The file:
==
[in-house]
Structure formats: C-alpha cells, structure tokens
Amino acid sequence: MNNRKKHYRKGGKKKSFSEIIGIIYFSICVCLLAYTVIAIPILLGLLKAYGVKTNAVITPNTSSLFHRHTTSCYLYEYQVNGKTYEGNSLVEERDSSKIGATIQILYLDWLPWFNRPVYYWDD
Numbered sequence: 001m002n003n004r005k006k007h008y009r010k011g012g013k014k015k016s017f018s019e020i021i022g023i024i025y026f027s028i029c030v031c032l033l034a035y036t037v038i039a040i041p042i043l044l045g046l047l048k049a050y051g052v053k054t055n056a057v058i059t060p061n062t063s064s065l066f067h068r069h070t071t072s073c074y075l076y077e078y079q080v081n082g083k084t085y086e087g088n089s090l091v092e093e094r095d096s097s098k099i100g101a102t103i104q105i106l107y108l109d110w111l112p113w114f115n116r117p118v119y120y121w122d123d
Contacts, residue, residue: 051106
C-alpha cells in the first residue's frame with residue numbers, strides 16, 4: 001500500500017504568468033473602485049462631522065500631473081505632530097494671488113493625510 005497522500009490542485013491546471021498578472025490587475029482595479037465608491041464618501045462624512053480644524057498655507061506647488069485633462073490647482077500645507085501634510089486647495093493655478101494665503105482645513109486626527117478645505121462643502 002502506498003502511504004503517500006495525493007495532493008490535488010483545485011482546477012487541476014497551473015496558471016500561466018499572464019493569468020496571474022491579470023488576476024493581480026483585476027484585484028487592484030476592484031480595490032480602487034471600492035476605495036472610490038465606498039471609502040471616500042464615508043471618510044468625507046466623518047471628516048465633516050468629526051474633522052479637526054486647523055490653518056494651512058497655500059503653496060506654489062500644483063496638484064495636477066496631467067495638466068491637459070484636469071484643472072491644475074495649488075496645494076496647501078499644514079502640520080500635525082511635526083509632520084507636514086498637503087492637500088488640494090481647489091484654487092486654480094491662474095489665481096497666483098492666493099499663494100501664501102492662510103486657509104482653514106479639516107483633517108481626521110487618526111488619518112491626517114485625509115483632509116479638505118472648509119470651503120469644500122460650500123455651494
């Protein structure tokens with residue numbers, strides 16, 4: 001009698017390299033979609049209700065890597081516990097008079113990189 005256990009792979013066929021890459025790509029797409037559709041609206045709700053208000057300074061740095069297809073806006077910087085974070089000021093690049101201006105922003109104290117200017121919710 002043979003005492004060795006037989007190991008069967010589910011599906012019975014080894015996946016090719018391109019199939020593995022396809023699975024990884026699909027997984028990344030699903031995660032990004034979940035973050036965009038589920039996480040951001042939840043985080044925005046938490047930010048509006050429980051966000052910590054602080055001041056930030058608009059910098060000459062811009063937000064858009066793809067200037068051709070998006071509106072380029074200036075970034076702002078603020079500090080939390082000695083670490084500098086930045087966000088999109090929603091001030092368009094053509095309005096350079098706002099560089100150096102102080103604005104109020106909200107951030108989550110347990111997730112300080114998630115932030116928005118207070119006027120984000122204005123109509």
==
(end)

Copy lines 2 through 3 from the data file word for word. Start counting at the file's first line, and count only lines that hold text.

Structure formats: C-alpha cells, structure tokens
Amino acid sequence: MNNRKKHYRKGGKKKSFSEIIGIIYFSICVCLLAYTVIAIPILLGLLKAYGVKTNAVITPNTSSLFHRHTTSCYLYEYQVNGKTYEGNSLVEERDSSKIGATIQILYLDWLPWFNRPVYYWDD